A few weeks ago, in the company of 5,000 other women, I heard Hillary Clinton offer advice I took to heart. She said, "Take criticism seriously, but not personally". For such a simple sentiment, it struck me as profound. In fact, it's not too much of a stretch to say that those six words knocked our collective socks off. The room grew rather still. I could tell that there were other recovering perfectionists, like myself, in the room for whom that struck home.
Clinton spoke as part of the Unique Lives and Experiences lecture series. It was warm and intimate despite the warehouse-like setting in the Metro Toronto Convention Centre.
I have personally always found it very hard to take criticism, and I know I'm not alone. In professional contexts I have found myself sitting across from a superior, trying to maintain my composure as I'm delivered a mixed bag of feedback -- some good, some bad.
Instead of receiving the negative feedback for what it really is -- a review of performance and notes for improvement -- I typically hear only the following: You are not good enough. Palms sweaty and heat rising up my neck, I often struggle to keep my cool.
In situations like these, I'm taking the negative feedback personally. Why is this a problem? It's problematic because when you're caught up in your own self-defeating thoughts, you're not able to hear what's actually being said. You're not present to receive the advice that will help you become better. This is at the heart of what Clinton was saying. Criticism -- legitimate criticism, that is, not the mean-spirited, hostile variety -- should be taken seriously, but not personally. That's how you get better.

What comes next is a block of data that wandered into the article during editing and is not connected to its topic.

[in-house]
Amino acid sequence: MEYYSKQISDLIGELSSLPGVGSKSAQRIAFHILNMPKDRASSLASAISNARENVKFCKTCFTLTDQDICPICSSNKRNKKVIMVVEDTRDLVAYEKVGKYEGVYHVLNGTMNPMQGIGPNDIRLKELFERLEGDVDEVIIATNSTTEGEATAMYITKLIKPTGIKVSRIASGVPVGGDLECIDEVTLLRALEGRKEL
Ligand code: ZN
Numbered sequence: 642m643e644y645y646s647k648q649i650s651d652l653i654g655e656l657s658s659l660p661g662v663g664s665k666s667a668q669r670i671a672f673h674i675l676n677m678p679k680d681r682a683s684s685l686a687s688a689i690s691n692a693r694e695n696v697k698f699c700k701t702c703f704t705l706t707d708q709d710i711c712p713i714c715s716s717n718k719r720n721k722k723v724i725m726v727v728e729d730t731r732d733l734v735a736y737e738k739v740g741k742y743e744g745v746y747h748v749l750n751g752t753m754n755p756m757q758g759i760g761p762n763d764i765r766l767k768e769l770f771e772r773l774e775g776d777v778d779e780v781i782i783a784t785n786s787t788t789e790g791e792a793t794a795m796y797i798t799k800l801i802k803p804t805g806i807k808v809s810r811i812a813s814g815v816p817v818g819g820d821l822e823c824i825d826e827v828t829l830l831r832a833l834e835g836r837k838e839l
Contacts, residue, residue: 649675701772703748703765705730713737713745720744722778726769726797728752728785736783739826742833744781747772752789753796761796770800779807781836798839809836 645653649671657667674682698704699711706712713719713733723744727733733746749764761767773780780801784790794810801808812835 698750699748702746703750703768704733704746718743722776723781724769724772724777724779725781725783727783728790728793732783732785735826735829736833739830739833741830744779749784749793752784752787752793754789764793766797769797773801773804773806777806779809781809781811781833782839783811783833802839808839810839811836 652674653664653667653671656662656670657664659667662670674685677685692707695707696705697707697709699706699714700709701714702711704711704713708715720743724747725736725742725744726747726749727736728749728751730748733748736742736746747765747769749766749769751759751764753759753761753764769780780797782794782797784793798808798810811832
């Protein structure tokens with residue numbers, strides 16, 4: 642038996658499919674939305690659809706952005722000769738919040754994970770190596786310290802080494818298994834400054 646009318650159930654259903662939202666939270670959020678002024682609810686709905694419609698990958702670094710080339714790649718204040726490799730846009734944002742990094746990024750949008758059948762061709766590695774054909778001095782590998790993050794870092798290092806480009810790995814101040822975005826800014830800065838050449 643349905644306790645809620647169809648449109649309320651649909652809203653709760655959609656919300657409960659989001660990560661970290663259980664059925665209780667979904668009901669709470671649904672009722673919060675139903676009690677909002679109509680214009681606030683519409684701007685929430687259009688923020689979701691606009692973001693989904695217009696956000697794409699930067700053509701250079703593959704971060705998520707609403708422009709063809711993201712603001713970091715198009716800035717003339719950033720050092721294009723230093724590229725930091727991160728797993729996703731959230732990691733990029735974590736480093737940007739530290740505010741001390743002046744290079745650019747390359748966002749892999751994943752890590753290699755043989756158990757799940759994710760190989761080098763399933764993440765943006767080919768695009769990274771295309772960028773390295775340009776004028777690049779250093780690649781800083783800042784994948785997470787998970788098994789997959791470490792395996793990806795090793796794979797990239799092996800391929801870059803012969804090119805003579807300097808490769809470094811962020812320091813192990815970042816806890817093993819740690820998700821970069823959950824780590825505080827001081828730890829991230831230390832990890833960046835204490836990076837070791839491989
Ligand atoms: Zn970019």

Recent research published by Stacey Finkelstein at Columbia University and Ayelet Fishbach at the University of Chicago supports what Clinton has gleaned from personal experience. They found that compared to rookies, more advanced and experienced individuals see the value in negative feedback as a tool for developing greater proficiency.
Negative feedback can be harder for rookies to take. Speaking from experience, I would argue that this goes for perfectionists, as well. If there is a personal expectation for perfection, anything less feels like a failure. When this occurs, even the most constructive negative feedback is misconstrued as a personal deficit, and the point is missed entirely.
But let's get out of our heads for a moment and zoom out to reality. We are not expected to be perfect at work or in life. We are expected to do a good job and to improve as we gain more experience. That's where feedback -- good and bad -- comes in. It's a tool for growth. So the next time you receive some negative feedback, join me in taking a deep breath, tuning in, and learning how to be even better.
Originally published at Aspire.